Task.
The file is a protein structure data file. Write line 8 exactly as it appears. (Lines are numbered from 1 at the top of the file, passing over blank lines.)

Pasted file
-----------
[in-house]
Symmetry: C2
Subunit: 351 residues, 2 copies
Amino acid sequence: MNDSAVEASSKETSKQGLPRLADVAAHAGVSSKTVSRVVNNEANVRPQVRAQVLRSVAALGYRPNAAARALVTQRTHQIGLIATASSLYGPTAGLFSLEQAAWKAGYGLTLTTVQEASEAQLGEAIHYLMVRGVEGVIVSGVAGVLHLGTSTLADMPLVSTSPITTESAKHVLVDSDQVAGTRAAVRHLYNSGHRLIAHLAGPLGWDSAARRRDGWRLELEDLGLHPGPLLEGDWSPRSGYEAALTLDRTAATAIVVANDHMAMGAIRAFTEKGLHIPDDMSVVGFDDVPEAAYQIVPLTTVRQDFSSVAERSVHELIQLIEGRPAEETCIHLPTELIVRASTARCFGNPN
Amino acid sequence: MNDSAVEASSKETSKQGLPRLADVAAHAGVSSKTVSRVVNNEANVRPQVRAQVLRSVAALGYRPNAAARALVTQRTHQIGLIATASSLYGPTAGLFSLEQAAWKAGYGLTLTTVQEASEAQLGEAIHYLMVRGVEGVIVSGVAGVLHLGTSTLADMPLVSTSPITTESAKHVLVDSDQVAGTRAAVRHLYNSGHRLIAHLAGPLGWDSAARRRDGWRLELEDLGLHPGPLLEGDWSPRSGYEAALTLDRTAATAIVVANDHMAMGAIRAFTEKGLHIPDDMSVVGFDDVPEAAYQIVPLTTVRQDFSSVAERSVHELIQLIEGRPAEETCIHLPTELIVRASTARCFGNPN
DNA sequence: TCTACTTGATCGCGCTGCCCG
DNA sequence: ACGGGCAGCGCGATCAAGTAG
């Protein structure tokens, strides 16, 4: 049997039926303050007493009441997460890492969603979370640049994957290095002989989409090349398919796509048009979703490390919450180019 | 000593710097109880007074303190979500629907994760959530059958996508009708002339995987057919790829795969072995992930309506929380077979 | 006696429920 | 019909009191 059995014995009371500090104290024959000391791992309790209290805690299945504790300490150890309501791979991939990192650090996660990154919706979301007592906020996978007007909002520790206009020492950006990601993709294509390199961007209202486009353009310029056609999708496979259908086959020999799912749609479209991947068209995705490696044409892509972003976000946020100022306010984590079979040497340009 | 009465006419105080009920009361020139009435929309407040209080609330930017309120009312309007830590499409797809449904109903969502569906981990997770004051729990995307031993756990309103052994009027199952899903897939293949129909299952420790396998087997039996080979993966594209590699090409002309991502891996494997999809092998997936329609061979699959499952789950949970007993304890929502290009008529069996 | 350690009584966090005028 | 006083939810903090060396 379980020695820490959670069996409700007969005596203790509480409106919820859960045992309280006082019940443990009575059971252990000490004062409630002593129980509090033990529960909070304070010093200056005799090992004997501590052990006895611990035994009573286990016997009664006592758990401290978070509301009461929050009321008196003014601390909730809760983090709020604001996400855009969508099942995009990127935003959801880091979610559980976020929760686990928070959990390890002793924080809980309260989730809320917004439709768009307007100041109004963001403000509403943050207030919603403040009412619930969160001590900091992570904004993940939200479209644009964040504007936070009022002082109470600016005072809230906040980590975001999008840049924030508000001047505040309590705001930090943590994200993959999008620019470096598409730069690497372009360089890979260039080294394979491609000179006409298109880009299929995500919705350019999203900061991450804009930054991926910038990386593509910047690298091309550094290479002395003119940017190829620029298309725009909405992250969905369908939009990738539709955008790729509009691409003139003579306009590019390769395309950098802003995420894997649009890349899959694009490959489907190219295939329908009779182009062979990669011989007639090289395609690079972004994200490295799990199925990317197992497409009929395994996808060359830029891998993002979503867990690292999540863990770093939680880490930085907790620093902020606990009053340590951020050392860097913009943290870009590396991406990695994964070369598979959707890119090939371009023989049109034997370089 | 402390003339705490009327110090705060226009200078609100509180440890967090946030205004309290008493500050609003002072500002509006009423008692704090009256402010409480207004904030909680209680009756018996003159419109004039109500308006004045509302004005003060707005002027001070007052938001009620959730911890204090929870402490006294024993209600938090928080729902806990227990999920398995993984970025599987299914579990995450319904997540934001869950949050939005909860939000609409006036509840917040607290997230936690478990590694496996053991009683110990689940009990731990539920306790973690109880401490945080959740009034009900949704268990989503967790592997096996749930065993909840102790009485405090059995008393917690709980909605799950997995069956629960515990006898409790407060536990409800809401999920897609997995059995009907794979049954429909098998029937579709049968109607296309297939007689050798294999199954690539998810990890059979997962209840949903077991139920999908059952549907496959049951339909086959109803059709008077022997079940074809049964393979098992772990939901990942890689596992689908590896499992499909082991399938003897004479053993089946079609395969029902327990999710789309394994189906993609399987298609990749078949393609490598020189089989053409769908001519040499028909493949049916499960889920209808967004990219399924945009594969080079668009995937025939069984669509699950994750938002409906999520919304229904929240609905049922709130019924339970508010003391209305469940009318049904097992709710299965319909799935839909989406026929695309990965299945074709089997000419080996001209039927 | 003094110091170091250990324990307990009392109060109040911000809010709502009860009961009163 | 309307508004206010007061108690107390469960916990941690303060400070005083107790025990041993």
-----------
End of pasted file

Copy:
């Protein structure tokens, strides 16, 4: 049997039926303050007493009441997460890492969603979370640049994957290095002989989409090349398919796509048009979703490390919450180019 | 000593710097109880007074303190979500629907994760959530059958996508009708002339995987057919790829795969072995992930309506929380077979 | 006696429920 | 019909009191 059995014995009371500090104290024959000391791992309790209290805690299945504790300490150890309501791979991939990192650090996660990154919706979301007592906020996978007007909002520790206009020492950006990601993709294509390199961007209202486009353009310029056609999708496979259908086959020999799912749609479209991947068209995705490696044409892509972003976000946020100022306010984590079979040497340009 | 009465006419105080009920009361020139009435929309407040209080609330930017309120009312309007830590499409797809449904109903969502569906981990997770004051729990995307031993756990309103052994009027199952899903897939293949129909299952420790396998087997039996080979993966594209590699090409002309991502891996494997999809092998997936329609061979699959499952789950949970007993304890929502290009008529069996 | 350690009584966090005028 | 006083939810903090060396 379980020695820490959670069996409700007969005596203790509480409106919820859960045992309280006082019940443990009575059971252990000490004062409630002593129980509090033990529960909070304070010093200056005799090992004997501590052990006895611990035994009573286990016997009664006592758990401290978070509301009461929050009321008196003014601390909730809760983090709020604001996400855009969508099942995009990127935003959801880091979610559980976020929760686990928070959990390890002793924080809980309260989730809320917004439709768009307007100041109004963001403000509403943050207030919603403040009412619930969160001590900091992570904004993940939200479209644009964040504007936070009022002082109470600016005072809230906040980590975001999008840049924030508000001047505040309590705001930090943590994200993959999008620019470096598409730069690497372009360089890979260039080294394979491609000179006409298109880009299929995500919705350019999203900061991450804009930054991926910038990386593509910047690298091309550094290479002395003119940017190829620029298309725009909405992250969905369908939009990738539709955008790729509009691409003139003579306009590019390769395309950098802003995420894997649009890349899959694009490959489907190219295939329908009779182009062979990669011989007639090289395609690079972004994200490295799990199925990317197992497409009929395994996808060359830029891998993002979503867990690292999540863990770093939680880490930085907790620093902020606990009053340590951020050392860097913009943290870009590396991406990695994964070369598979959707890119090939371009023989049109034997370089 | 402390003339705490009327110090705060226009200078609100509180440890967090946030205004309290008493500050609003002072500002509006009423008692704090009256402010409480207004904030909680209680009756018996003159419109004039109500308006004045509302004005003060707005002027001070007052938001009620959730911890204090929870402490006294024993209600938090928080729902806990227990999920398995993984970025599987299914579990995450319904997540934001869950949050939005909860939000609409006036509840917040607290997230936690478990590694496996053991009683110990689940009990731990539920306790973690109880401490945080959740009034009900949704268990989503967790592997096996749930065993909840102790009485405090059995008393917690709980909605799950997995069956629960515990006898409790407060536990409800809401999920897609997995059995009907794979049954429909098998029937579709049968109607296309297939007689050798294999199954690539998810990890059979997962209840949903077991139920999908059952549907496959049951339909086959109803059709008077022997079940074809049964393979098992772990939901990942890689596992689908590896499992499909082991399938003897004479053993089946079609395969029902327990999710789309394994189906993609399987298609990749078949393609490598020189089989053409769908001519040499028909493949049916499960889920209808967004990219399924945009594969080079668009995937025939069984669509699950994750938002409906999520919304229904929240609905049922709130019924339970508010003391209305469940009318049904097992709710299965319909799935839909989406026929695309990965299945074709089997000419080996001209039927 | 003094110091170091250990324990307990009392109060109040911000809010709502009860009961009163 | 309307508004206010007061108690107390469960916990941690303060400070005083107790025990041993």